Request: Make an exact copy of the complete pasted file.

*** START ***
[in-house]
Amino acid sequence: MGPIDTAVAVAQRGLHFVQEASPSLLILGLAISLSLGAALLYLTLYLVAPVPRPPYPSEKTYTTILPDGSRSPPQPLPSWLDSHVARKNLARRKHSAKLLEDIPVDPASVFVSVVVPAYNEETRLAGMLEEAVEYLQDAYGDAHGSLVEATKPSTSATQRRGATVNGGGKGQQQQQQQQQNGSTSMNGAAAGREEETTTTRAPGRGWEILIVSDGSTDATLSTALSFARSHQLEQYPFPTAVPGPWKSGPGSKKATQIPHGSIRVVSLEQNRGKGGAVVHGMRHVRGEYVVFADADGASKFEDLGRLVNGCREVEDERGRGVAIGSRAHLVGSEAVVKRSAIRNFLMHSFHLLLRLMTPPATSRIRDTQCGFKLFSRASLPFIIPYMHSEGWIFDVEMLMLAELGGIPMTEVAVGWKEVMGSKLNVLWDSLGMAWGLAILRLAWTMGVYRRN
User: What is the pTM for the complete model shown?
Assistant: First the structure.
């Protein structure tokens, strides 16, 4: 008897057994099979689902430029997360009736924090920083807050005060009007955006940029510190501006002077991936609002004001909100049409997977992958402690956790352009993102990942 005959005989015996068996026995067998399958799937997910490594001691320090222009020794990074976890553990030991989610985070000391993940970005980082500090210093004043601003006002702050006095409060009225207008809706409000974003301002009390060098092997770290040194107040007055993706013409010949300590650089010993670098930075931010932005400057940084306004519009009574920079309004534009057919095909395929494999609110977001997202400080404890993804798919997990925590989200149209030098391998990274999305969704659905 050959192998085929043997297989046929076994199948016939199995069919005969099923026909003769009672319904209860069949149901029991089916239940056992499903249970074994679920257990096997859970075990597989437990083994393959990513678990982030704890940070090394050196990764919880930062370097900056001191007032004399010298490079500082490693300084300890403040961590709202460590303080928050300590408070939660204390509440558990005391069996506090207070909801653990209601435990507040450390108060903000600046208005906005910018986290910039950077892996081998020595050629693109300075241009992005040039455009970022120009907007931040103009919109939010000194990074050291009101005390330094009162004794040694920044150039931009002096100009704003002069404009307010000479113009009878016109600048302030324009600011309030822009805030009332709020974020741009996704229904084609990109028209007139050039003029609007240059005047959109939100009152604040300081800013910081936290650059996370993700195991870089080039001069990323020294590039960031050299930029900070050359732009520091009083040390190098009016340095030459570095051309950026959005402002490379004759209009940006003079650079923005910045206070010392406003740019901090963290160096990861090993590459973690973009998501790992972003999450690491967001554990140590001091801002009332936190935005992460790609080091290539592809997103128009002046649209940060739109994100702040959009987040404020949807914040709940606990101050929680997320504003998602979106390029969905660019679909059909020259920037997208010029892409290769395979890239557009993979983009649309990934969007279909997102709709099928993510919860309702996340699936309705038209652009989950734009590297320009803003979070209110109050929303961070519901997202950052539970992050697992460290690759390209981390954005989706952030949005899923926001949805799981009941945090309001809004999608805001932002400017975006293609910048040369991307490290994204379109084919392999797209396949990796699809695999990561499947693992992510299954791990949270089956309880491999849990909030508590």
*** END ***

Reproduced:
[in-house]
Amino acid sequence: MGPIDTAVAVAQRGLHFVQEASPSLLILGLAISLSLGAALLYLTLYLVAPVPRPPYPSEKTYTTILPDGSRSPPQPLPSWLDSHVARKNLARRKHSAKLLEDIPVDPASVFVSVVVPAYNEETRLAGMLEEAVEYLQDAYGDAHGSLVEATKPSTSATQRRGATVNGGGKGQQQQQQQQQNGSTSMNGAAAGREEETTTTRAPGRGWEILIVSDGSTDATLSTALSFARSHQLEQYPFPTAVPGPWKSGPGSKKATQIPHGSIRVVSLEQNRGKGGAVVHGMRHVRGEYVVFADADGASKFEDLGRLVNGCREVEDERGRGVAIGSRAHLVGSEAVVKRSAIRNFLMHSFHLLLRLMTPPATSRIRDTQCGFKLFSRASLPFIIPYMHSEGWIFDVEMLMLAELGGIPMTEVAVGWKEVMGSKLNVLWDSLGMAWGLAILRLAWTMGVYRRN
User: What is the pTM for the complete model shown?
Assistant: First the structure.
């Protein structure tokens, strides 16, 4: 008897057994099979689902430029997360009736924090920083807050005060009007955006940029510190501006002077991936609002004001909100049409997977992958402690956790352009993102990942 005959005989015996068996026995067998399958799937997910490594001691320090222009020794990074976890553990030991989610985070000391993940970005980082500090210093004043601003006002702050006095409060009225207008809706409000974003301002009390060098092997770290040194107040007055993706013409010949300590650089010993670098930075931010932005400057940084306004519009009574920079309004534009057919095909395929494999609110977001997202400080404890993804798919997990925590989200149209030098391998990274999305969704659905 050959192998085929043997297989046929076994199948016939199995069919005969099923026909003769009672319904209860069949149901029991089916239940056992499903249970074994679920257990096997859970075990597989437990083994393959990513678990982030704890940070090394050196990764919880930062370097900056001191007032004399010298490079500082490693300084300890403040961590709202460590303080928050300590408070939660204390509440558990005391069996506090207070909801653990209601435990507040450390108060903000600046208005906005910018986290910039950077892996081998020595050629693109300075241009992005040039455009970022120009907007931040103009919109939010000194990074050291009101005390330094009162004794040694920044150039931009002096100009704003002069404009307010000479113009009878016109600048302030324009600011309030822009805030009332709020974020741009996704229904084609990109028209007139050039003029609007240059005047959109939100009152604040300081800013910081936290650059996370993700195991870089080039001069990323020294590039960031050299930029900070050359732009520091009083040390190098009016340095030459570095051309950026959005402002490379004759209009940006003079650079923005910045206070010392406003740019901090963290160096990861090993590459973690973009998501790992972003999450690491967001554990140590001091801002009332936190935005992460790609080091290539592809997103128009002046649209940060739109994100702040959009987040404020949807914040709940606990101050929680997320504003998602979106390029969905660019679909059909020259920037997208010029892409290769395979890239557009993979983009649309990934969007279909997102709709099928993510919860309702996340699936309705038209652009989950734009590297320009803003979070209110109050929303961070519901997202950052539970992050697992460290690759390209981390954005989706952030949005899923926001949805799981009941945090309001809004999608805001932002400017975006293609910048040369991307490290994204379109084919392999797209396949990796699809695999990561499947693992992510299954791990949270089956309880491999849990909030508590």